Wanting to have dinner cooked by 6:20 or so, (yes, I'm that anal), I removed the chicken from the refrigerator at 5:30 to allow it to come up to room temperature before cooking. Regardless of what protein you`re cooking with, to take it from really cold to really hot too fast will make it cease up and tough. At 6:00, I heated up a large nonstick skillet over medium high heat and gave it a few spritzes of olive oil cooking spray. When the skillet was nice and hot, I added half of the chicken at a time and quickly seared it to a golden brown colour. I transferred the chicken to a plate and cooked the remaining chicken in the same manner. Seeings how I was dinner was going to have a little Thai flair, I decided to cook noodles to serve the stir--fry on top of. I used vermicelli but you could easily use and noodles you like. Vermicelli noodles are very fine and don't require a lot of cooking time so while the second batch of chicken was browning, I brought a medium -sized pot of lightly salted water to a boil for the noodles.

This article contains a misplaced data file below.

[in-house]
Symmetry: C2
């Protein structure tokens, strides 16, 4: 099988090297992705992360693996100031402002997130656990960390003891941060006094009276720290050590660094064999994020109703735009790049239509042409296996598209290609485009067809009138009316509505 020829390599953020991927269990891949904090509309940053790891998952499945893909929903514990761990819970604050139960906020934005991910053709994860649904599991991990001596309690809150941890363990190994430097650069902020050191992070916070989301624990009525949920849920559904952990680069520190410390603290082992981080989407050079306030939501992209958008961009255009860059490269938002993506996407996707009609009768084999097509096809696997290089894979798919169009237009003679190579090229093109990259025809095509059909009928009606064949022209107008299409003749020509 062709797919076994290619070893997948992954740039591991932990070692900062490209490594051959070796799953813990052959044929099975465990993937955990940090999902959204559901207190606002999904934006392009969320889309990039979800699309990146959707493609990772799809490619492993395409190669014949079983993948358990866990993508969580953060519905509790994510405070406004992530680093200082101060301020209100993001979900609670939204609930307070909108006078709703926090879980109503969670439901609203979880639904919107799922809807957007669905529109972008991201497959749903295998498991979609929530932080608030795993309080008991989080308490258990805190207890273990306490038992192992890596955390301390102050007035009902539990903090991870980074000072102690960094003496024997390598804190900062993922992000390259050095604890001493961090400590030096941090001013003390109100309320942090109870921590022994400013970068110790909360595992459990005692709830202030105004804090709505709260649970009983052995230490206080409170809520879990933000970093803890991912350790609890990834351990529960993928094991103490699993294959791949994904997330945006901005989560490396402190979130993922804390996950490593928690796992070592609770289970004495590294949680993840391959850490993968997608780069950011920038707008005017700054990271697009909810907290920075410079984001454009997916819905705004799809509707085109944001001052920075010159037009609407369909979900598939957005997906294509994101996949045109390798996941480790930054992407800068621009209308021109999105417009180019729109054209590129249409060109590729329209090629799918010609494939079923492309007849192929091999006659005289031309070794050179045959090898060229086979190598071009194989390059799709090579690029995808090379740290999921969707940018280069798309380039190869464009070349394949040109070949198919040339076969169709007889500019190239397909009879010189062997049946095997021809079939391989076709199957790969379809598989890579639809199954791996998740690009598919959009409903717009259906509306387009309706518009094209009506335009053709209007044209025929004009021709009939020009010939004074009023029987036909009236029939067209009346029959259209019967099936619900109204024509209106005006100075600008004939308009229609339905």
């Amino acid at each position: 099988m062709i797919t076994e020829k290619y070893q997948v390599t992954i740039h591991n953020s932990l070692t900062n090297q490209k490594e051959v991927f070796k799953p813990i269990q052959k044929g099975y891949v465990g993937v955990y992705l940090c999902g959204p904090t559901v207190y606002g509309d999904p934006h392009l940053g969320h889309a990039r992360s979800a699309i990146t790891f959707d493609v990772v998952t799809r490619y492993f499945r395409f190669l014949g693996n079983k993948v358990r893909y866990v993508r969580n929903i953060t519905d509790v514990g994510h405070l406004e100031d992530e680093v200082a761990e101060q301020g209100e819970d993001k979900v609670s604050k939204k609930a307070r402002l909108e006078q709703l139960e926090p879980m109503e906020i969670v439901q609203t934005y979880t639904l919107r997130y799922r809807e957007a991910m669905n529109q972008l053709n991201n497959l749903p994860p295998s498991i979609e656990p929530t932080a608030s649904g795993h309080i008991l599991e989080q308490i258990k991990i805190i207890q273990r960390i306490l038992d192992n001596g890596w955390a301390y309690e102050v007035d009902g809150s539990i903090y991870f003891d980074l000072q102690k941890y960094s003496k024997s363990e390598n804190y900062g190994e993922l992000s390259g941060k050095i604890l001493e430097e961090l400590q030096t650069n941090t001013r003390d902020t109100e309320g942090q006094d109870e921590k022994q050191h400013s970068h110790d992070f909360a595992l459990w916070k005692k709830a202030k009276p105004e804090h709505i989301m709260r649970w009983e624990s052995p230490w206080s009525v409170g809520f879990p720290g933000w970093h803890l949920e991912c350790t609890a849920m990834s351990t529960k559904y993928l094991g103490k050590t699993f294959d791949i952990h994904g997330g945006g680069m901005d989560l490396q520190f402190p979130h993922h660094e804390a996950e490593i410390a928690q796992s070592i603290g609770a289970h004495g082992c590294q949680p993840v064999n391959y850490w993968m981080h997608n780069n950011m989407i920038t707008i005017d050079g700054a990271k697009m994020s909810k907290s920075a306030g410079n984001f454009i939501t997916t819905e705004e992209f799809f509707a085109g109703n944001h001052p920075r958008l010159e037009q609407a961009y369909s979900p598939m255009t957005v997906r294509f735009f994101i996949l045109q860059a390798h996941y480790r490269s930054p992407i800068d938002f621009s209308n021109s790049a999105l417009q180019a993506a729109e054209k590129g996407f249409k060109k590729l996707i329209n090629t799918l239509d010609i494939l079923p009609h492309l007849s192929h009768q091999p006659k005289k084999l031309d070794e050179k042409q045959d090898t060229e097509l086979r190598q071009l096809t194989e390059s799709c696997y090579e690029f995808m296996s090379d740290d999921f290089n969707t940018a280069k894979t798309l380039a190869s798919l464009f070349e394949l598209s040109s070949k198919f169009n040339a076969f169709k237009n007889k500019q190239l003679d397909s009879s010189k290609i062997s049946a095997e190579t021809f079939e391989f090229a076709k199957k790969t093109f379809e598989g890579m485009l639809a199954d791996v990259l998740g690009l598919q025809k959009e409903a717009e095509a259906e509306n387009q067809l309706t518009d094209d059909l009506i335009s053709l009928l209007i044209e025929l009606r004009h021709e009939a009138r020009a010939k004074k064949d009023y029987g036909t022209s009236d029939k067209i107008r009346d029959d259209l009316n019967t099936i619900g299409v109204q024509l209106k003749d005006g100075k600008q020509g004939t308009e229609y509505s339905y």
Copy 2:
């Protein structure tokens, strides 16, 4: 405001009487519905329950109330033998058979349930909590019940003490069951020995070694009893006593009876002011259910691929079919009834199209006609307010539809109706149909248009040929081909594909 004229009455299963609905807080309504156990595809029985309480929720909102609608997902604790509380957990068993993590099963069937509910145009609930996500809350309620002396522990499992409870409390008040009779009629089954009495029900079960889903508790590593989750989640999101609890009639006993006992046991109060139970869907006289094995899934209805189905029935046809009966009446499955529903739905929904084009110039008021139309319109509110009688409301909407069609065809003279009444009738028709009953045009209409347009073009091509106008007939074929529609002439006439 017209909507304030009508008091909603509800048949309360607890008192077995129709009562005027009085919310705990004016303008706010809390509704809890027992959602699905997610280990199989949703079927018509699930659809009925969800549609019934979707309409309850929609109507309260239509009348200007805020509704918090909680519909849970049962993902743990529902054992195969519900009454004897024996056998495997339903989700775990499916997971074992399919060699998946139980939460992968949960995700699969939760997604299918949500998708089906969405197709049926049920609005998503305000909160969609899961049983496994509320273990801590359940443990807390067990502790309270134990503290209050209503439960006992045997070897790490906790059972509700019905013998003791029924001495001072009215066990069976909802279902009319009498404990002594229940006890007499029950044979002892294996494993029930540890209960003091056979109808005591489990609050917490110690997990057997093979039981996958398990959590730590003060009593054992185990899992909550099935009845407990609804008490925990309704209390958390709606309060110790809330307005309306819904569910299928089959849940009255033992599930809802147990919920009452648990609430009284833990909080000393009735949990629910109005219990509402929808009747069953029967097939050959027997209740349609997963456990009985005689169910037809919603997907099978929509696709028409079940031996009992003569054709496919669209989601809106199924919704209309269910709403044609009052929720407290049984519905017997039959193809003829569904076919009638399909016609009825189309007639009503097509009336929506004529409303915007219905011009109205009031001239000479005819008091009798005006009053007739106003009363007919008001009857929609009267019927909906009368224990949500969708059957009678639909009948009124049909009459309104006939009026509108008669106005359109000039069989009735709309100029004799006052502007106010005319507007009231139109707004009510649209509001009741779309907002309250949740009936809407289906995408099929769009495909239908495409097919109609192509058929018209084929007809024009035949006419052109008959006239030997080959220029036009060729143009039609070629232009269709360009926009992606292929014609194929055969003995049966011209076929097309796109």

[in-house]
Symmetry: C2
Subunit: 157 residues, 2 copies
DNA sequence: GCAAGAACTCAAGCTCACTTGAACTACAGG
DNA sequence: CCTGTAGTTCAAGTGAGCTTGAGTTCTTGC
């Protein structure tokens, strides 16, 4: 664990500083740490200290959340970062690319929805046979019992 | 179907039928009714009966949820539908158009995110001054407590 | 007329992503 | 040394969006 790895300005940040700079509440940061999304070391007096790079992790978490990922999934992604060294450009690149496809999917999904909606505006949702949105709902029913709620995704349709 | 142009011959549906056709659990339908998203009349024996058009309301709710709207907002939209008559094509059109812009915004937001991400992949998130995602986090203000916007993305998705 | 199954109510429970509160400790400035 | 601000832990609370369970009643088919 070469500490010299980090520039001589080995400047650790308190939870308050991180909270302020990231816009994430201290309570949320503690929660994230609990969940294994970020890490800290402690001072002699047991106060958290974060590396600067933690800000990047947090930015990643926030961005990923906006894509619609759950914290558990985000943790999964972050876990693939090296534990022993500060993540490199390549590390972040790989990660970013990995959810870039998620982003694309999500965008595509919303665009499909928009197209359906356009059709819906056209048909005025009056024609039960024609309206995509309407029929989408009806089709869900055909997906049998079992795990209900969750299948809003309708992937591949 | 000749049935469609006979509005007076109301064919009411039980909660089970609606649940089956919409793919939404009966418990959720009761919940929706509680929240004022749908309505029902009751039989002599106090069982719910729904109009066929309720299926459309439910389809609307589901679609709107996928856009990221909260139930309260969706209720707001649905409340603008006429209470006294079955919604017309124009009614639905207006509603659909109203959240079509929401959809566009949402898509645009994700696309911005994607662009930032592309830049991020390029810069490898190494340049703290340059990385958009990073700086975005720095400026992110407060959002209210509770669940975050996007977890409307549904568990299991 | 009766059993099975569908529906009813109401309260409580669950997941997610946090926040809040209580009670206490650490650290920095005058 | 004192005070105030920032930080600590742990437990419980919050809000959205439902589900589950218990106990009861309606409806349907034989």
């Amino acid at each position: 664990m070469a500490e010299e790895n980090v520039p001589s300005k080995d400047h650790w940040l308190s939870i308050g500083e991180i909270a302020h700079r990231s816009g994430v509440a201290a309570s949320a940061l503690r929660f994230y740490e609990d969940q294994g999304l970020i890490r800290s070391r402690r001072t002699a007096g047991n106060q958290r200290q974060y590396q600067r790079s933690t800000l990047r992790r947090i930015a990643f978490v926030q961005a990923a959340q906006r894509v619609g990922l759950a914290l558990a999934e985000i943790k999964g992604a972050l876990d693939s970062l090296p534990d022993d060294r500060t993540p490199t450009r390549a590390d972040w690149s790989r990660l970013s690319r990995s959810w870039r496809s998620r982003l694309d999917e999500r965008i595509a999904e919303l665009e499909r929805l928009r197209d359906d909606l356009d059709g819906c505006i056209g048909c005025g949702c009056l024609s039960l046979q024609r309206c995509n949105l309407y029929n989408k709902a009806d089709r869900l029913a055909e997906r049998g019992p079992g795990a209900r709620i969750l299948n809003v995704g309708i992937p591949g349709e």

After the chicken was cooked, I sauteed one diced leek, a cupp of sliced mushrooms, 8-10 cherry tomatoes, a diced red pepper and a clove of minced garlic. I seasoned the vegetables with ground ginger, crushed red chilli flakes and a smidge of coarse sea salt and freshly ground black pepper. Although some cooks believe it's perfectly ok with using your marinade to make your sauce providing you bring it to a boil, I'm just not comfortable with that so I whipped up a few ingredients to make a sauce. In a bowl, I combined 1/4 c. brown sugar with 1 Tbsp cornstarch and then whisked in 4 Tbsp. soya sauce, 1/4 c. white wine vinegar and a tsp fish sauce. I then added the chicken back into the skillet and poured the sauce over everything, stirring to combine. When the sauce started to boil and thicken, I added in a handful of frozen green peas. When my noodles were cooked, I drained them, placed them on a plate and then topped with my Tangy Thai Chicken Stir Fry. I garnished the works with some finely chopped green onions.